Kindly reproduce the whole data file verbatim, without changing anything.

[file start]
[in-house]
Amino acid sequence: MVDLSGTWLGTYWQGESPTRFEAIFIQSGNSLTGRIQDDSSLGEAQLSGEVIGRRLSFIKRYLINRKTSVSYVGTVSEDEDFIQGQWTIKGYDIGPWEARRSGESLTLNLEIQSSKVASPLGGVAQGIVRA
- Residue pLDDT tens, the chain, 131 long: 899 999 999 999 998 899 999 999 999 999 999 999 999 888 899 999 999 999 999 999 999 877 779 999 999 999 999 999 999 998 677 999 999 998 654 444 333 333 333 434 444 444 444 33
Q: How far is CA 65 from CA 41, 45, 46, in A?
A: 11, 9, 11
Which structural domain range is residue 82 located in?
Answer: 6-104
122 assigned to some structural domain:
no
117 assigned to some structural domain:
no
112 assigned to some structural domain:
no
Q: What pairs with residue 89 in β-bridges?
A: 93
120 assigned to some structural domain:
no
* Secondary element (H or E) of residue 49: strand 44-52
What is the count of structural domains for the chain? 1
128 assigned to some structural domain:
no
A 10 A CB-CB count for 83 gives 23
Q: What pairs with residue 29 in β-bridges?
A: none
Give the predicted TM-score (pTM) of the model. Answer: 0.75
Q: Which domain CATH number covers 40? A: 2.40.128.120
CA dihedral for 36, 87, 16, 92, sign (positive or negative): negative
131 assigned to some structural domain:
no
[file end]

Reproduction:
[in-house]
Amino acid sequence: MVDLSGTWLGTYWQGESPTRFEAIFIQSGNSLTGRIQDDSSLGEAQLSGEVIGRRLSFIKRYLINRKTSVSYVGTVSEDEDFIQGQWTIKGYDIGPWEARRSGESLTLNLEIQSSKVASPLGGVAQGIVRA
- Residue pLDDT tens, the chain, 131 long: 899 999 999 999 998 899 999 999 999 999 999 999 999 888 899 999 999 999 999 999 999 877 779 999 999 999 999 999 999 998 677 999 999 998 654 444 333 333 333 434 444 444 444 33
Q: How far is CA 65 from CA 41, 45, 46, in A?
A: 11, 9, 11
Which structural domain range is residue 82 located in?
Answer: 6-104
122 assigned to some structural domain:
no
117 assigned to some structural domain:
no
112 assigned to some structural domain:
no
Q: What pairs with residue 89 in β-bridges?
A: 93
120 assigned to some structural domain:
no
* Secondary element (H or E) of residue 49: strand 44-52
What is the count of structural domains for the chain? 1
128 assigned to some structural domain:
no
A 10 A CB-CB count for 83 gives 23
Q: What pairs with residue 29 in β-bridges?
A: none
Give the predicted TM-score (pTM) of the model. Answer: 0.75
Q: Which domain CATH number covers 40? A: 2.40.128.120
CA dihedral for 36, 87, 16, 92, sign (positive or negative): negative
131 assigned to some structural domain:
no